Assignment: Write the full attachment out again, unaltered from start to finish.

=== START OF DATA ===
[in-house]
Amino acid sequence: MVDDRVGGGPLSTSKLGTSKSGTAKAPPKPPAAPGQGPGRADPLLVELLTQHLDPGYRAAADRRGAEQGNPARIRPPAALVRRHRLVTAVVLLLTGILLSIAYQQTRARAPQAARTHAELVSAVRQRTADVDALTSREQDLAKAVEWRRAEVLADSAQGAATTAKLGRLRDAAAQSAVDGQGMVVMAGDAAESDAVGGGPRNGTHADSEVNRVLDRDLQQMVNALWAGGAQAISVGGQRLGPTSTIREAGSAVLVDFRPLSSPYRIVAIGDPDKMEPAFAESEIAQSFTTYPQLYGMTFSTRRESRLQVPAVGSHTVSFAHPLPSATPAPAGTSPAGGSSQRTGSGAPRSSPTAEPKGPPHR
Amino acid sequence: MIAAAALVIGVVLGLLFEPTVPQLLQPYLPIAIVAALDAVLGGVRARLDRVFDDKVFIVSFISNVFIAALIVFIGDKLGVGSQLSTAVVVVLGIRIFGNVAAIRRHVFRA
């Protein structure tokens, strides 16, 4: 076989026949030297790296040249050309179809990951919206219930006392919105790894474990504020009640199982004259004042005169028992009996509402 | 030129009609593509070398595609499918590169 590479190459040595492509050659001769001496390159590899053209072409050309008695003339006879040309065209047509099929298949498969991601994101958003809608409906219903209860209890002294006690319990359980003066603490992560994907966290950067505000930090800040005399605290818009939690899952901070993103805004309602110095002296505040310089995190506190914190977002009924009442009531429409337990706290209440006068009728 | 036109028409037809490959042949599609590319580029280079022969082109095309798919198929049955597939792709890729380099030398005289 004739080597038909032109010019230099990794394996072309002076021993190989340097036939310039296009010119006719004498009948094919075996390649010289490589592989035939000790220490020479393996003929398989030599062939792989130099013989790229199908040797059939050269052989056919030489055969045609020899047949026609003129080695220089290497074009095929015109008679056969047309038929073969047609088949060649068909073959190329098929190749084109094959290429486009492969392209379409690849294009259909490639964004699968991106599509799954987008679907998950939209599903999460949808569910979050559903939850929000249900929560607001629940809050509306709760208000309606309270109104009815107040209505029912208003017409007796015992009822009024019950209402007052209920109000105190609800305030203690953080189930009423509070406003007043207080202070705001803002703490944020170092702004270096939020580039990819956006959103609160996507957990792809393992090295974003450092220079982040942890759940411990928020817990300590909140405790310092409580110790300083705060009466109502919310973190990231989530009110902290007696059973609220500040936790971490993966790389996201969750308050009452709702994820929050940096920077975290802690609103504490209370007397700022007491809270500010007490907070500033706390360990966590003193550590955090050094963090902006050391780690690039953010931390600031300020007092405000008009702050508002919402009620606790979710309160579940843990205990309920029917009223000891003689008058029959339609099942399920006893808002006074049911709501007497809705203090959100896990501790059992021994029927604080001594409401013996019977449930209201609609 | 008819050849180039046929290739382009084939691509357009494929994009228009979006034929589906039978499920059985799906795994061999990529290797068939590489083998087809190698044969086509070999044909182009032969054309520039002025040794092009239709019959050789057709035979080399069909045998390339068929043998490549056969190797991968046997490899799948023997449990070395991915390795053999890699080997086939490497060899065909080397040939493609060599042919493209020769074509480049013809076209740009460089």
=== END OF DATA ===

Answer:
[in-house]
Amino acid sequence: MVDDRVGGGPLSTSKLGTSKSGTAKAPPKPPAAPGQGPGRADPLLVELLTQHLDPGYRAAADRRGAEQGNPARIRPPAALVRRHRLVTAVVLLLTGILLSIAYQQTRARAPQAARTHAELVSAVRQRTADVDALTSREQDLAKAVEWRRAEVLADSAQGAATTAKLGRLRDAAAQSAVDGQGMVVMAGDAAESDAVGGGPRNGTHADSEVNRVLDRDLQQMVNALWAGGAQAISVGGQRLGPTSTIREAGSAVLVDFRPLSSPYRIVAIGDPDKMEPAFAESEIAQSFTTYPQLYGMTFSTRRESRLQVPAVGSHTVSFAHPLPSATPAPAGTSPAGGSSQRTGSGAPRSSPTAEPKGPPHR
Amino acid sequence: MIAAAALVIGVVLGLLFEPTVPQLLQPYLPIAIVAALDAVLGGVRARLDRVFDDKVFIVSFISNVFIAALIVFIGDKLGVGSQLSTAVVVVLGIRIFGNVAAIRRHVFRA
């Protein structure tokens, strides 16, 4: 076989026949030297790296040249050309179809990951919206219930006392919105790894474990504020009640199982004259004042005169028992009996509402 | 030129009609593509070398595609499918590169 590479190459040595492509050659001769001496390159590899053209072409050309008695003339006879040309065209047509099929298949498969991601994101958003809608409906219903209860209890002294006690319990359980003066603490992560994907966290950067505000930090800040005399605290818009939690899952901070993103805004309602110095002296505040310089995190506190914190977002009924009442009531429409337990706290209440006068009728 | 036109028409037809490959042949599609590319580029280079022969082109095309798919198929049955597939792709890729380099030398005289 004739080597038909032109010019230099990794394996072309002076021993190989340097036939310039296009010119006719004498009948094919075996390649010289490589592989035939000790220490020479393996003929398989030599062939792989130099013989790229199908040797059939050269052989056919030489055969045609020899047949026609003129080695220089290497074009095929015109008679056969047309038929073969047609088949060649068909073959190329098929190749084109094959290429486009492969392209379409690849294009259909490639964004699968991106599509799954987008679907998950939209599903999460949808569910979050559903939850929000249900929560607001629940809050509306709760208000309606309270109104009815107040209505029912208003017409007796015992009822009024019950209402007052209920109000105190609800305030203690953080189930009423509070406003007043207080202070705001803002703490944020170092702004270096939020580039990819956006959103609160996507957990792809393992090295974003450092220079982040942890759940411990928020817990300590909140405790310092409580110790300083705060009466109502919310973190990231989530009110902290007696059973609220500040936790971490993966790389996201969750308050009452709702994820929050940096920077975290802690609103504490209370007397700022007491809270500010007490907070500033706390360990966590003193550590955090050094963090902006050391780690690039953010931390600031300020007092405000008009702050508002919402009620606790979710309160579940843990205990309920029917009223000891003689008058029959339609099942399920006893808002006074049911709501007497809705203090959100896990501790059992021994029927604080001594409401013996019977449930209201609609 | 008819050849180039046929290739382009084939691509357009494929994009228009979006034929589906039978499920059985799906795994061999990529290797068939590489083998087809190698044969086509070999044909182009032969054309520039002025040794092009239709019959050789057709035979080399069909045998390339068929043998490549056969190797991968046997490899799948023997449990070395991915390795053999890699080997086939490497060899065909080397040939493609060599042919493209020769074509480049013809076209740009460089």